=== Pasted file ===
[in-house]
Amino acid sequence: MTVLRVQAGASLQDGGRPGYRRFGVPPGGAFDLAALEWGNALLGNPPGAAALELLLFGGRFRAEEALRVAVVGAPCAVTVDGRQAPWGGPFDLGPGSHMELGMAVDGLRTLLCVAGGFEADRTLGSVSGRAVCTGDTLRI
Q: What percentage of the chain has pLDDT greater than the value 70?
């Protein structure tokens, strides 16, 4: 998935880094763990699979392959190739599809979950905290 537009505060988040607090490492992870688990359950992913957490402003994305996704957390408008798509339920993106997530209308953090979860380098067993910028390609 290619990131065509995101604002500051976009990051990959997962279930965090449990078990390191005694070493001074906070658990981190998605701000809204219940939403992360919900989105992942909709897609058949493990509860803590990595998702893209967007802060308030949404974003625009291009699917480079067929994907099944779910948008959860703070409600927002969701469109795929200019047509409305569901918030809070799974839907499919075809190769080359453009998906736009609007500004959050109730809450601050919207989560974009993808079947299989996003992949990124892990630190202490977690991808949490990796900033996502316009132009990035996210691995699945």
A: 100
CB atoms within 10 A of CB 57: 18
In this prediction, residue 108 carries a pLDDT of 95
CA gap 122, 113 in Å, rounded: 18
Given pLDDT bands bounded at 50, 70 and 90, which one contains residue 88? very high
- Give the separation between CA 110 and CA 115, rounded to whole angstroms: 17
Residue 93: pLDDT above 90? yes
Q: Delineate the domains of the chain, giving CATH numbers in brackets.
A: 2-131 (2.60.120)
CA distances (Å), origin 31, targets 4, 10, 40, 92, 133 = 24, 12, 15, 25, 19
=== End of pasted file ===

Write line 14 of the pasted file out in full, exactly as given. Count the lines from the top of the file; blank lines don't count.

CA distances (Å), origin 31, targets 4, 10, 40, 92, 133 = 24, 12, 15, 25, 19